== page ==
Has this ever happened to you?  You’ve just found a stain on your favorite dress; the one that has everyone using words like “drop-dead gorgeous” when describing how you look.  Or, for men, it’s the power suit you wear whenever you’re getting ready to close a big sale.  Either way, you’re at risk of losing the image that’s so vital to you.

As you’re bemoaning your loss, you hear an ad that claims that it’s stain remover: 

  • Removes stains that other stain removers can’t get out
  • Is gentle on all fabrics, so much so that it doesn’t shorten the garment’s life
  • Is green – it produces no toxic waste

You’ve heard all of this before and always been disappointed to find that the claims were unfounded.  Still, if you don’t do something you’re not going to be able to wear the outfit again.  

You do a little research and find that the claims made about this new stain remover have all been substantiated by independent testing labs with stellar reputations for fair and honest appraisal of the products it tests.  Maybe there’s hope yet!

Off to the store you go, encouraged by the possibility of saving your favorite outfit.  You find the stain remover on the shelf and, much to your surprise, find that it’s actually cheaper than the competing brands.  Quickly, what are you thinking?

Does the Hallelujah chorus come to mind?  Or are you wondering whether the product is as good as touted?  Is this another example of advertising hype?  But wait, the testing labs all supported the product’s claims!  Hmm, I wonder if the testing labs aren’t as independent as I thought?

These are the kinds of doubts that we experience every time there is a disconnect between the marketing message we’re hearing and the price we’re seeing.  In essence, when your price doesn’t support your marketing claims, you’re asking the buyer to choose which to believe – the marketing message or the price.  When faced with this choice, which do you believe?

Typically we, as buyers, believe the price.  Why?  Because anyone can claim anything.  We learn that at an early age and our skepticism grows as we grow older.  That’s why we’re skeptical of advertising claims and more trusting of the price we’re seeing.

Let’s continue with our example.  Despite the doubts you’re experiencing you decide to buy the stain remover.  Why?  You don’t have a choice.  You know that the other products you’ve tried don’t work.  This is your one shot at salvaging the look you treasure.

You’re earlier excitement has turned to doubt and anxiety.  Yet you return home with the stain remover and, after several tests on old clothes, you apply it to your favorite outfit.  It works!  You breathe a sigh of relief and thank the powers above that it worked.  Gee, wouldn’t it have been nice if the manufacturer had actually gotten the credit?

Seriously, is this the kind of experience you want your customers to have – one that’s plagued by doubt, fear and anxiety?  Is this the kind of experience that’s going to keep them coming back again and again?  Will it make them want to sing your praises?  Or will their stories of you be littered with pain and anguish?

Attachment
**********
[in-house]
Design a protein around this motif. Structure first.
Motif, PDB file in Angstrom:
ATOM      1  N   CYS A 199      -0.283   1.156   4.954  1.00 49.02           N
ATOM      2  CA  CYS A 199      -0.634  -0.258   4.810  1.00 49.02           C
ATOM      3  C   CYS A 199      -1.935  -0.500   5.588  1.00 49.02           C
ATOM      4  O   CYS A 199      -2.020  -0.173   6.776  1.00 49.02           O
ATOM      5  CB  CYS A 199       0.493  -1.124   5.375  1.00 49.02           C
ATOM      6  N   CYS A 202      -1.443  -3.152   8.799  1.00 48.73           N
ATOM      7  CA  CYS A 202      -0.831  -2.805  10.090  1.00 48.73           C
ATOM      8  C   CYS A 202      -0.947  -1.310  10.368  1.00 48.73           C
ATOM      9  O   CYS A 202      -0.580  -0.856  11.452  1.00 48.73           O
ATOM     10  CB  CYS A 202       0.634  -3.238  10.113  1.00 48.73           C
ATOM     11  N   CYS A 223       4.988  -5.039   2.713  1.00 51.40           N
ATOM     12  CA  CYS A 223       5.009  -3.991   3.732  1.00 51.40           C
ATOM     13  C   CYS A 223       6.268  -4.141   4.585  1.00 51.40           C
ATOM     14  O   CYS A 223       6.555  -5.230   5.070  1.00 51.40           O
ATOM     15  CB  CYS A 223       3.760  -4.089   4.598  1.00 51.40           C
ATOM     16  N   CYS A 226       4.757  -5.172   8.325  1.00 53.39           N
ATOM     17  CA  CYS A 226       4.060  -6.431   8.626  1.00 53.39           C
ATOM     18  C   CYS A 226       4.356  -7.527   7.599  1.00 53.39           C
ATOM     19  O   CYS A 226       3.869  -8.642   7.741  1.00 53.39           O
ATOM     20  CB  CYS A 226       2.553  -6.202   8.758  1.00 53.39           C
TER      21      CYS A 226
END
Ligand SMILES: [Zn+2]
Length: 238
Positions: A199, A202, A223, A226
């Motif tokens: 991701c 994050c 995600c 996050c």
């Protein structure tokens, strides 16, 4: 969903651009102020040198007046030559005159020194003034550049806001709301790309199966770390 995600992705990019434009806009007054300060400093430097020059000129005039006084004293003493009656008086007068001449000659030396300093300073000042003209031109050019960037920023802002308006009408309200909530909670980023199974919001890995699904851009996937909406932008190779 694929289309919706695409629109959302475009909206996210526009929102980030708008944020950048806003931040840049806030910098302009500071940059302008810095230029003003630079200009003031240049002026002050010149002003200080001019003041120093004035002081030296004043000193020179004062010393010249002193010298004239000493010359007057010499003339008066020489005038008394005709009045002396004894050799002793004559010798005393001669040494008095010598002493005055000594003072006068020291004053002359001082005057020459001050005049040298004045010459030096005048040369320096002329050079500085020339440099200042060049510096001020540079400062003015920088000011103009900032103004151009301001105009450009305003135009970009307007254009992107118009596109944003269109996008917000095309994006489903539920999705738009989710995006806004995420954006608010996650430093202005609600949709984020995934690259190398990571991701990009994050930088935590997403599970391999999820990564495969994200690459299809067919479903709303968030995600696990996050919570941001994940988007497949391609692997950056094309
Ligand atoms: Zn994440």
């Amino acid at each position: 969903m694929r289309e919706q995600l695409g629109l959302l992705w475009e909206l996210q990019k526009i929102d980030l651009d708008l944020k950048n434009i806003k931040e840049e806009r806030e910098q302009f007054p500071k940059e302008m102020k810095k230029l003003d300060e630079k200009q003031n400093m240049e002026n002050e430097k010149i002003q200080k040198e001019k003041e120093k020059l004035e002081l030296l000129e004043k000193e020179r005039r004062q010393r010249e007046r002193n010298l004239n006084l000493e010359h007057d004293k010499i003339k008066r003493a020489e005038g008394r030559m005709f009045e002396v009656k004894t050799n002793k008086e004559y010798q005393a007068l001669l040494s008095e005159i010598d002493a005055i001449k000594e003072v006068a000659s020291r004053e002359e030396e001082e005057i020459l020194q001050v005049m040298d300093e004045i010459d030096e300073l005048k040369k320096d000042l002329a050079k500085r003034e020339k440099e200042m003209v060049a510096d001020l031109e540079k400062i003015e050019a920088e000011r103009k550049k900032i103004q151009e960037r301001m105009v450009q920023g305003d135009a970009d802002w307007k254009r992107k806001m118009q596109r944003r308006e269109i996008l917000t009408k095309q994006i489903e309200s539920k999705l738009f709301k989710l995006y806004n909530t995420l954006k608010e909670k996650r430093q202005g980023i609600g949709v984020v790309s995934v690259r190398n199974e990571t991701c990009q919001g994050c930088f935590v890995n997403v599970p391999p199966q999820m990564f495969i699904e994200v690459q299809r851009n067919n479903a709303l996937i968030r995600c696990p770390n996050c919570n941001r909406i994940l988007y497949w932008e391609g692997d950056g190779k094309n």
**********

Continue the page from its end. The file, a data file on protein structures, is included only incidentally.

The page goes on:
Here’s another classic example.  You walk into an auto dealer’s showroom and find just the right car.  As you were making your decision the salesperson touted the classic look, sporty feel and luxurious comfort – not to mention the incredibly great mileage the car gets.  You sit down to discuss price.  You tender an offer.  Of course it’s unacceptable.  He takes it to the sales manager and returns with a counter-offer.  On and on the process goes until you finally settle on a price.

What’s the one question on your mind as you leave the showroom?  “I wonder if I got a good deal?”  Why are you wondering that?  Because the car didn’t change, but the price did.  Again, we have an example of price and sales pitch not meshing.

So what’s the message here?  If you want loyal customers, make sure that your price supports your marketing and sales claims.  Customer loyalty hinges on a number of factors.  Customers must feel good about their purchase.  Feeling good means feeling confident about the choice they made.  Confidence in their choices comes from knowing that they made an informed decision.  Where did that knowledge come from?  To a great degree, it stems from the fact that the price matched the marketing claims. 

This concept works regardless of the level of quality or service the buyer desires.  If you’re looking for disposable plates for a child’s birthday party, a one-time-use product for people who could car less about aesthetics, you may go to one of the dollar stores.  The price matches the quality.  You know that you’re not getting much quality, but you’re paying an extremely low price as well.

On the flip side of the coin, if you’re looking for a high quality item with image enhancement capabilities, the price better reflect both or you’re likely to pass on the item.  Why?  If the situation calls for high quality and that quality is going to reflect on you, you don’t want any doubts about the purchase.  You’ll go to an alternative that has a more congruent marketing/price message. 

Stop confusing the market!  Make sure that your pricing supports your marketing claims.  You’ll enjoy greater revenues, higher margins and greater customer loyalty.

Author: Dale Furtwengler is a professional speaker, internationally-acclaimed author and business consultant.  His latest book, Pricing for Profit, is dedicated to helping organizations break the bonds of industry pricing.  For more examples of how pricing impacts the customer experience, visit his Pricing for Profit blog for more information.